HAKAPIK [akapik] n. m. – From Norwegian, meaning “Instrument used by seal hunters”.
From 2012 to 2015, I reported on seal hunt at Îles-de-la-Madeleine, Newfoundland and Nunavut, a controversial issue encompassing cultural, economic, politic and aesthetic dimensions.
My project’s aim is to document and ponder on the very nature of seal hunt, a traditional activity deeply rooted in the history of many maritime and nordic communities of Canada. In order to complete this project, I had to convince the very hunters I wanted to study, that I was one of them. No Captain will ever allow boarding of a useless passenger. Having been recognized as a seal hunter gave me the opportunity to accompany many crews on the ice, over a period of four years.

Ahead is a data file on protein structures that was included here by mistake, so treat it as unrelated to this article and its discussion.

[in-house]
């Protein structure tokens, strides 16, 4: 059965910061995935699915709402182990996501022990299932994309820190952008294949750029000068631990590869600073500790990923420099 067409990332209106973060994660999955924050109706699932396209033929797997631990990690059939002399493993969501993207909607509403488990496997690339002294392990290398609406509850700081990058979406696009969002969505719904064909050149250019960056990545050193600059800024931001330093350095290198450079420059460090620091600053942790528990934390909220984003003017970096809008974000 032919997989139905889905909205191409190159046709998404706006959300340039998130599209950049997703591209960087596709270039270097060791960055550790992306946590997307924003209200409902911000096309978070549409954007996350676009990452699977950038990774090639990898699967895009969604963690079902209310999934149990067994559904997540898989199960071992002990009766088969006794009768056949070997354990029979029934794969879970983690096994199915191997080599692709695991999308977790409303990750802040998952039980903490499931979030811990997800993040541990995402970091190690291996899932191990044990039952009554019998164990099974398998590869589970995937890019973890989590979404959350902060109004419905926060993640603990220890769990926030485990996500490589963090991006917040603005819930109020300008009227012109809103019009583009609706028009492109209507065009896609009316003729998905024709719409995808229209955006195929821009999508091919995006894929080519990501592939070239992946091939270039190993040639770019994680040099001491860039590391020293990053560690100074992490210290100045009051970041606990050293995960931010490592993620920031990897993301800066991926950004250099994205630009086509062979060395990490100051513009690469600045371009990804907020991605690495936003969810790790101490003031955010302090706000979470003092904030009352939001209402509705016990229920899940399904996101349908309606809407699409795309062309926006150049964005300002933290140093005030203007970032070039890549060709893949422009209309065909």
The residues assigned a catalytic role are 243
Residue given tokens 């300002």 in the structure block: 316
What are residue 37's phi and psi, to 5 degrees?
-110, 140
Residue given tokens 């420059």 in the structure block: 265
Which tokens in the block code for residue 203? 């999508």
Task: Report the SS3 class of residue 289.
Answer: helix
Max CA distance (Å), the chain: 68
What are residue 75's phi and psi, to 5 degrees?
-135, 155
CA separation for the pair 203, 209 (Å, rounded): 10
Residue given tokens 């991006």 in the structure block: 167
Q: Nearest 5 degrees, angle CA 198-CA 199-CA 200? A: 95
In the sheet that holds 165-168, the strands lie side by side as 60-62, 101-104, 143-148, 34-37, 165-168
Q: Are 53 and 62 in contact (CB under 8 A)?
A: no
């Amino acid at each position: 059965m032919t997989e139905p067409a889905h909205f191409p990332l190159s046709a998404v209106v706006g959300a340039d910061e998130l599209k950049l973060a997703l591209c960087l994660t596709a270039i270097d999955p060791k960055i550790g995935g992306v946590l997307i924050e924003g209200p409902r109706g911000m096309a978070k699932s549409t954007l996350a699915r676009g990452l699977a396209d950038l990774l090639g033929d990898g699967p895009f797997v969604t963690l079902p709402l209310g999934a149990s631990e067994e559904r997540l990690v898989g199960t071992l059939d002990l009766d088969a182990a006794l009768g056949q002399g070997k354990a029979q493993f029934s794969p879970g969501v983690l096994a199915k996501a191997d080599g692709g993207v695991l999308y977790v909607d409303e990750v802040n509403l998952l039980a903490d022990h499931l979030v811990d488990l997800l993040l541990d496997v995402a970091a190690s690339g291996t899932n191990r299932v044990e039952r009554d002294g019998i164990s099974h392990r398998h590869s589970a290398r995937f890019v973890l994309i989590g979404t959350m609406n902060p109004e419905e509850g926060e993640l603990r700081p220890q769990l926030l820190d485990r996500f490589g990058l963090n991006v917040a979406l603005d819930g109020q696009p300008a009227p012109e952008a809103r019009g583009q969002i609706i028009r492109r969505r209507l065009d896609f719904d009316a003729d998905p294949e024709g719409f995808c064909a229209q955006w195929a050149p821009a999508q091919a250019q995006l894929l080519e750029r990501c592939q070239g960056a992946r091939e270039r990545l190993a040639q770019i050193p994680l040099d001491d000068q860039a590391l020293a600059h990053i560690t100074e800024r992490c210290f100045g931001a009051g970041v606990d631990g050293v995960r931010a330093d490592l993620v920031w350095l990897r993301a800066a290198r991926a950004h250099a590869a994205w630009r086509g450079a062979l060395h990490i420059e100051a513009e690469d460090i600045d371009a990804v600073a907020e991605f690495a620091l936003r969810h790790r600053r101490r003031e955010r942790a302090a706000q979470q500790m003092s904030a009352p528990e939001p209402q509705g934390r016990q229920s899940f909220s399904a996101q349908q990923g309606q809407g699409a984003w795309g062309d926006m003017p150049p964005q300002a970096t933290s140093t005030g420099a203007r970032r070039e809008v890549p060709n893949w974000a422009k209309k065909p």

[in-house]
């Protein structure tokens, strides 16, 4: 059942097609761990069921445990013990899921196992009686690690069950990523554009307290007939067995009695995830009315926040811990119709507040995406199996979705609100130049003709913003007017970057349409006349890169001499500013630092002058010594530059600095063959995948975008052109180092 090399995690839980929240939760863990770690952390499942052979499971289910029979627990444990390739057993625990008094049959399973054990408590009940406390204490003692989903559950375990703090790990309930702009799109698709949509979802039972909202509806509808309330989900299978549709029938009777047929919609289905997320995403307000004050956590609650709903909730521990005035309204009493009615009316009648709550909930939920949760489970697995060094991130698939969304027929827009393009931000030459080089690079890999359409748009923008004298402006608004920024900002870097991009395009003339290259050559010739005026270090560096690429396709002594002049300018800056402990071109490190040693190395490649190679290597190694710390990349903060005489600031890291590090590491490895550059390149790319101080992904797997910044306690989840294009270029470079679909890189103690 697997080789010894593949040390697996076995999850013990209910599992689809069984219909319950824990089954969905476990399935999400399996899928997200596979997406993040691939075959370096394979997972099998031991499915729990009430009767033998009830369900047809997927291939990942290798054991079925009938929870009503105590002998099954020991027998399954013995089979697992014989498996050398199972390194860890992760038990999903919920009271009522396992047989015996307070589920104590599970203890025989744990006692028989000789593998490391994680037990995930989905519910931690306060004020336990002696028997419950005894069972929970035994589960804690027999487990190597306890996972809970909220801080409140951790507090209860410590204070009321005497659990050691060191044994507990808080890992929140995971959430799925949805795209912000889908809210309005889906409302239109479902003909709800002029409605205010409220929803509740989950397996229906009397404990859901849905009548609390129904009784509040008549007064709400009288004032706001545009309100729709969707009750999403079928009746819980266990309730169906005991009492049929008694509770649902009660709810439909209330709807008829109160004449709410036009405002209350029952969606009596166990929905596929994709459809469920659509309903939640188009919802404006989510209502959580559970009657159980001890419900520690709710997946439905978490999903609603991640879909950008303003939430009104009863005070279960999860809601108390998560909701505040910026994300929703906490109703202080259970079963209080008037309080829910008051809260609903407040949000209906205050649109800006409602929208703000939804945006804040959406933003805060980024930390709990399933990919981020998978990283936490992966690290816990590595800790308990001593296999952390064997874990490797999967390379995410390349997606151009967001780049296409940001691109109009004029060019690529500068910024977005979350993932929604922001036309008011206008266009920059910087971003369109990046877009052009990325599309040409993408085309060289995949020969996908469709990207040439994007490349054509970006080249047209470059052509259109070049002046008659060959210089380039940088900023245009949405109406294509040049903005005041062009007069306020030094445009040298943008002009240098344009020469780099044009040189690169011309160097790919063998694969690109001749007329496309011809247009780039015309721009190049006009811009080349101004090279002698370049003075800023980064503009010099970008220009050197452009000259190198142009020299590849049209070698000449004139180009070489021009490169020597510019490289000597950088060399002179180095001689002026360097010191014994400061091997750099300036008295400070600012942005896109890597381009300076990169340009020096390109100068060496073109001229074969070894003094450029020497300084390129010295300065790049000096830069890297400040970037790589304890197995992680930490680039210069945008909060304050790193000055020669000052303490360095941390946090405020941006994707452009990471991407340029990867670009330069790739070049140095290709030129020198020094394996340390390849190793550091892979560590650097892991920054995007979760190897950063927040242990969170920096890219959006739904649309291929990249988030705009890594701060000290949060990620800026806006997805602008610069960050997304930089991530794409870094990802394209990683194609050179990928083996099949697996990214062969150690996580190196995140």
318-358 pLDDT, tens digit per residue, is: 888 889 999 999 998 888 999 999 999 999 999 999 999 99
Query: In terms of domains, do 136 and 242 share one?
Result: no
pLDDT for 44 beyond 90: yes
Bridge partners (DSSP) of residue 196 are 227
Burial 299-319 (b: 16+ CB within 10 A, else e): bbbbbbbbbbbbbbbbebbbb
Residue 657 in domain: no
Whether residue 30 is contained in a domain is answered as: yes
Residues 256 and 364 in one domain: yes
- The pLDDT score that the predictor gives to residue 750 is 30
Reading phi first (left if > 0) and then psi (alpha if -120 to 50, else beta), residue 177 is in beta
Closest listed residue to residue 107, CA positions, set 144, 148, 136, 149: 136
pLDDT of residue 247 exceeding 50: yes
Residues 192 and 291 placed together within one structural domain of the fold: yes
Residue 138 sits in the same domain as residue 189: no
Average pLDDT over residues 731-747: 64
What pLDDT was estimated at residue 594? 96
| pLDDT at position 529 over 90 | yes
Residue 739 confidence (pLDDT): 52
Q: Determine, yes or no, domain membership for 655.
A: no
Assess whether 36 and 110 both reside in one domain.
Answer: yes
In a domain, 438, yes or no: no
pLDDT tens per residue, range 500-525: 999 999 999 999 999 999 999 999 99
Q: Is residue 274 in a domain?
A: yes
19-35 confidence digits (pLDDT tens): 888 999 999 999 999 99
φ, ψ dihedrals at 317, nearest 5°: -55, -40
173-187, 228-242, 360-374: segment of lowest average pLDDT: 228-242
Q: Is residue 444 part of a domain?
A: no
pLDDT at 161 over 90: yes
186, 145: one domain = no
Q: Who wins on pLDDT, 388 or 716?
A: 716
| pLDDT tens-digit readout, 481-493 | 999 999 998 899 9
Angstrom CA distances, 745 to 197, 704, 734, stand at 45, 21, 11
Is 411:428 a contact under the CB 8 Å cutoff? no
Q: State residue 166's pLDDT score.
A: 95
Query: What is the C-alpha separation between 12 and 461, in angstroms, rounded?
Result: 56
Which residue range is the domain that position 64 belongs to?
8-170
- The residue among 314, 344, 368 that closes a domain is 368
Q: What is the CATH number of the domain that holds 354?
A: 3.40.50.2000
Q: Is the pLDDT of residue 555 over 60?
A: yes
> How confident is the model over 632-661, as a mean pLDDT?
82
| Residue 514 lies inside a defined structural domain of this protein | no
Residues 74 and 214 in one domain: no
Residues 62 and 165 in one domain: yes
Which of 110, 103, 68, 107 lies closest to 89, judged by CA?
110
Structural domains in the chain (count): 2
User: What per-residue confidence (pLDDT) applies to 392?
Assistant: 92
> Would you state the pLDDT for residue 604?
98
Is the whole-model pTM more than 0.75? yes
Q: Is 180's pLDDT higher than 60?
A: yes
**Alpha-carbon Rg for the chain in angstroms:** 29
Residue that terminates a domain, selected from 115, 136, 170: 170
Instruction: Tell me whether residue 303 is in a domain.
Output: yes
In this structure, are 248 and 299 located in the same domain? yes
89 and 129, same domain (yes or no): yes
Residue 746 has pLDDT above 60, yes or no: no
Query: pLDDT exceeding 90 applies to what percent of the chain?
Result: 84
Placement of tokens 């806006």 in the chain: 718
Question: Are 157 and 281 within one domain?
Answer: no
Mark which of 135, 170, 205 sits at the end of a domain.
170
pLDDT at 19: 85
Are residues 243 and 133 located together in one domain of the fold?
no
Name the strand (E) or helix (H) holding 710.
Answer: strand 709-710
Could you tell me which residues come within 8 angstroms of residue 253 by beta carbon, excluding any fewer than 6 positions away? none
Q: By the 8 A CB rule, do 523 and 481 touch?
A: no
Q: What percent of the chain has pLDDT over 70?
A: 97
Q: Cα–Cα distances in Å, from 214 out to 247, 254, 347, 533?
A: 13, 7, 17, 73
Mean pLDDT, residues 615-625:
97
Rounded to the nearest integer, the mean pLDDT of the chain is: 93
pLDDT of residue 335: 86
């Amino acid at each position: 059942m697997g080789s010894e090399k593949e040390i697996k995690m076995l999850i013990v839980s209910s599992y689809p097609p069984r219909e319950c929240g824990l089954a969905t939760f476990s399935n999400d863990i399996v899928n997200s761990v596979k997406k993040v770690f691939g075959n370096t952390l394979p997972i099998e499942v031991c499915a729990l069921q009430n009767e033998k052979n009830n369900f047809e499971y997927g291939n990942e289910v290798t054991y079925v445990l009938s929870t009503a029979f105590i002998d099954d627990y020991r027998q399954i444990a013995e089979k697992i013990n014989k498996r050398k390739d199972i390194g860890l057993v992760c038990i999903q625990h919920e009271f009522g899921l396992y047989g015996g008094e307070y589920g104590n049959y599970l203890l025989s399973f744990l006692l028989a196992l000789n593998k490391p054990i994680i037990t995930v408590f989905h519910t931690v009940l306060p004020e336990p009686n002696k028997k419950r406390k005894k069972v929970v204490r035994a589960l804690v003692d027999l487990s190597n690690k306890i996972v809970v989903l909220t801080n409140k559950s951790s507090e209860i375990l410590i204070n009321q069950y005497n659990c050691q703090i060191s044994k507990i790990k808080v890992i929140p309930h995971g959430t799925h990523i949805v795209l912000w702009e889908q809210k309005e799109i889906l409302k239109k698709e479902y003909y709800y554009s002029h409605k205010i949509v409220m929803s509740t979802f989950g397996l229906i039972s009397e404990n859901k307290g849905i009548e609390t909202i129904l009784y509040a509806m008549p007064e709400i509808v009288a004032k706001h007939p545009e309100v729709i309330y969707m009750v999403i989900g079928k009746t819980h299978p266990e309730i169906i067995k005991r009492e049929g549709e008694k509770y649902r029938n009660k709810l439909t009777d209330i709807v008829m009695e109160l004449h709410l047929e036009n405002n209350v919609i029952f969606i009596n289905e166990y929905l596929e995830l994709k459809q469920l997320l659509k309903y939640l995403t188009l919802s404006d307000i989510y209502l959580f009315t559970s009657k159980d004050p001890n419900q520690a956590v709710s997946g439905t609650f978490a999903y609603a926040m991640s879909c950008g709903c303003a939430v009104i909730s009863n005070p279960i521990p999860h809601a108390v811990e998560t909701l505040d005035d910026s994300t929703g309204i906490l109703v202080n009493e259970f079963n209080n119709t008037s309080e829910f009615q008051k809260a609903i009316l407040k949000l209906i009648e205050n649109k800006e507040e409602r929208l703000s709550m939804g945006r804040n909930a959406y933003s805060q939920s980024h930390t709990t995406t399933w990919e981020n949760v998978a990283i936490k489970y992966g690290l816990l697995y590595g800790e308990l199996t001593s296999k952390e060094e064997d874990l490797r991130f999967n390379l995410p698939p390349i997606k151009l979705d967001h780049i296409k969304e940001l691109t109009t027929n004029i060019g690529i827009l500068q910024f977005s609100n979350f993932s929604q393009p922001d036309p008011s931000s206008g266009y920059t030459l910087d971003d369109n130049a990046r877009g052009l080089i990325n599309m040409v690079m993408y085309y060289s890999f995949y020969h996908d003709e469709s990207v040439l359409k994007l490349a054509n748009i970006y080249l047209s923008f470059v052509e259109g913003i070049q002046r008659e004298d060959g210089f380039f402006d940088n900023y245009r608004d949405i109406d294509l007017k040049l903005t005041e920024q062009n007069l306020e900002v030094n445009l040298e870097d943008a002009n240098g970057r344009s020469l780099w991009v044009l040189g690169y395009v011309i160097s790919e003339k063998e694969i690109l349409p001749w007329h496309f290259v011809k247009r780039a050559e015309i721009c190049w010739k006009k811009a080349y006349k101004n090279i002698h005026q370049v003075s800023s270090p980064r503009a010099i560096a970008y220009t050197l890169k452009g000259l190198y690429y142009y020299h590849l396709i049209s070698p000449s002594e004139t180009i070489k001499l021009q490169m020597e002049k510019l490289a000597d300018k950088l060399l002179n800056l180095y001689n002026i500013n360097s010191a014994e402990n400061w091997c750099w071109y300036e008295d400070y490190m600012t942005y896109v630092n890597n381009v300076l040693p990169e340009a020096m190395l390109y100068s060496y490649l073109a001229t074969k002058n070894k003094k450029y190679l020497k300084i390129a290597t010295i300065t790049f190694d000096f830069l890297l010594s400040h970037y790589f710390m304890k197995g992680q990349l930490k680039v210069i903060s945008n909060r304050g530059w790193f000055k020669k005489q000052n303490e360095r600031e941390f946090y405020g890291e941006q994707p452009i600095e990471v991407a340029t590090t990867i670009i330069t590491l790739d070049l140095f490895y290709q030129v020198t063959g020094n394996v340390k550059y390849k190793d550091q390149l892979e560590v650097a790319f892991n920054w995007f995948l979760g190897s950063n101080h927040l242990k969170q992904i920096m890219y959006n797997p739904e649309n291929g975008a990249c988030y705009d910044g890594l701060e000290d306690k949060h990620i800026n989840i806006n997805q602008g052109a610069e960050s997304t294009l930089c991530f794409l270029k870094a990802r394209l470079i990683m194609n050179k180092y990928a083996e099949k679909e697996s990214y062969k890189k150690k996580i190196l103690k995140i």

Black and white photography sort of neutralized the sensational side of red blood on white snow, emphasizing instead on gesture and symbolism of this ritual activity. The goal being to put forward the nobility of a deeply traditional activity.
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Born in 1981, Yoanis Menge studied photography at Cégep de Matane, in the province of Québec. He then pursued his training at Magnum of Paris in the next four years, assisting photographers like Josef Koudelka and Bruno Barbey.
Yoanis Menge’s artistic approach is anchored in documentary. His pictures encompass many aspects of both geographic and social landscapes of places he visits or inhabits. He is a member of KAHEM, a Québec collective.